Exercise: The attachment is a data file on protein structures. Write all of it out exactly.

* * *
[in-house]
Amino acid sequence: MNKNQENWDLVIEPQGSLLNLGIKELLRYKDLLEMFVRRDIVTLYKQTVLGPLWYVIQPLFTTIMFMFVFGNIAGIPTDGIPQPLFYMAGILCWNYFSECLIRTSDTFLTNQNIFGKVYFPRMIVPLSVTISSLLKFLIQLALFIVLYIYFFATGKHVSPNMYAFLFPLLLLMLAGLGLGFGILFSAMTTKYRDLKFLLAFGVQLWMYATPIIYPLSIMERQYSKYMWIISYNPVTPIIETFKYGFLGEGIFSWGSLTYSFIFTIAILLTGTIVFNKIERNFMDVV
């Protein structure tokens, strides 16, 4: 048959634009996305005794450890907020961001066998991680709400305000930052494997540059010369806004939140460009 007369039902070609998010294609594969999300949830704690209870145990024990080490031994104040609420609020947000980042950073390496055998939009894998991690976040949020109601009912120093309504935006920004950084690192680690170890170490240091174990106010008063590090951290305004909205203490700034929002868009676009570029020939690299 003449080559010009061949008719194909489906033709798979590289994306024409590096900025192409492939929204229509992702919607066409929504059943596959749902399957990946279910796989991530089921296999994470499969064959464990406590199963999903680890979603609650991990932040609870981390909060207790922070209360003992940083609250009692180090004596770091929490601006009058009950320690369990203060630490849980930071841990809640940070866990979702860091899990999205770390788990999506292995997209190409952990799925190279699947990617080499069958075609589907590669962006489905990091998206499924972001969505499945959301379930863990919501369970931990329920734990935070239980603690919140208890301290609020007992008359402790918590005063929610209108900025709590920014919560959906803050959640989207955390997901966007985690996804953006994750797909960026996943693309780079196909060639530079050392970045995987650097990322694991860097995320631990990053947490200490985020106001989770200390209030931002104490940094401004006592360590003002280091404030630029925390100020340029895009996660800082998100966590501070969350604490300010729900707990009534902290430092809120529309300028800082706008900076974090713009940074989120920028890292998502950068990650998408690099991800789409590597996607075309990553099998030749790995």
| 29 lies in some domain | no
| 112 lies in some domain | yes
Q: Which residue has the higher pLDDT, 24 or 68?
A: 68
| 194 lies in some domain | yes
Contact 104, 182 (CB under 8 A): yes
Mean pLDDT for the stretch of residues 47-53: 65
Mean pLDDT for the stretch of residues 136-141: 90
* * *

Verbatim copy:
[in-house]
Amino acid sequence: MNKNQENWDLVIEPQGSLLNLGIKELLRYKDLLEMFVRRDIVTLYKQTVLGPLWYVIQPLFTTIMFMFVFGNIAGIPTDGIPQPLFYMAGILCWNYFSECLIRTSDTFLTNQNIFGKVYFPRMIVPLSVTISSLLKFLIQLALFIVLYIYFFATGKHVSPNMYAFLFPLLLLMLAGLGLGFGILFSAMTTKYRDLKFLLAFGVQLWMYATPIIYPLSIMERQYSKYMWIISYNPVTPIIETFKYGFLGEGIFSWGSLTYSFIFTIAILLTGTIVFNKIERNFMDVV
């Protein structure tokens, strides 16, 4: 048959634009996305005794450890907020961001066998991680709400305000930052494997540059010369806004939140460009 007369039902070609998010294609594969999300949830704690209870145990024990080490031994104040609420609020947000980042950073390496055998939009894998991690976040949020109601009912120093309504935006920004950084690192680690170890170490240091174990106010008063590090951290305004909205203490700034929002868009676009570029020939690299 003449080559010009061949008719194909489906033709798979590289994306024409590096900025192409492939929204229509992702919607066409929504059943596959749902399957990946279910796989991530089921296999994470499969064959464990406590199963999903680890979603609650991990932040609870981390909060207790922070209360003992940083609250009692180090004596770091929490601006009058009950320690369990203060630490849980930071841990809640940070866990979702860091899990999205770390788990999506292995997209190409952990799925190279699947990617080499069958075609589907590669962006489905990091998206499924972001969505499945959301379930863990919501369970931990329920734990935070239980603690919140208890301290609020007992008359402790918590005063929610209108900025709590920014919560959906803050959640989207955390997901966007985690996804953006994750797909960026996943693309780079196909060639530079050392970045995987650097990322694991860097995320631990990053947490200490985020106001989770200390209030931002104490940094401004006592360590003002280091404030630029925390100020340029895009996660800082998100966590501070969350604490300010729900707990009534902290430092809120529309300028800082706008900076974090713009940074989120920028890292998502950068990650998408690099991800789409590597996607075309990553099998030749790995």
| 29 lies in some domain | no
| 112 lies in some domain | yes
Q: Which residue has the higher pLDDT, 24 or 68?
A: 68
| 194 lies in some domain | yes
Contact 104, 182 (CB under 8 A): yes
Mean pLDDT for the stretch of residues 47-53: 65
Mean pLDDT for the stretch of residues 136-141: 90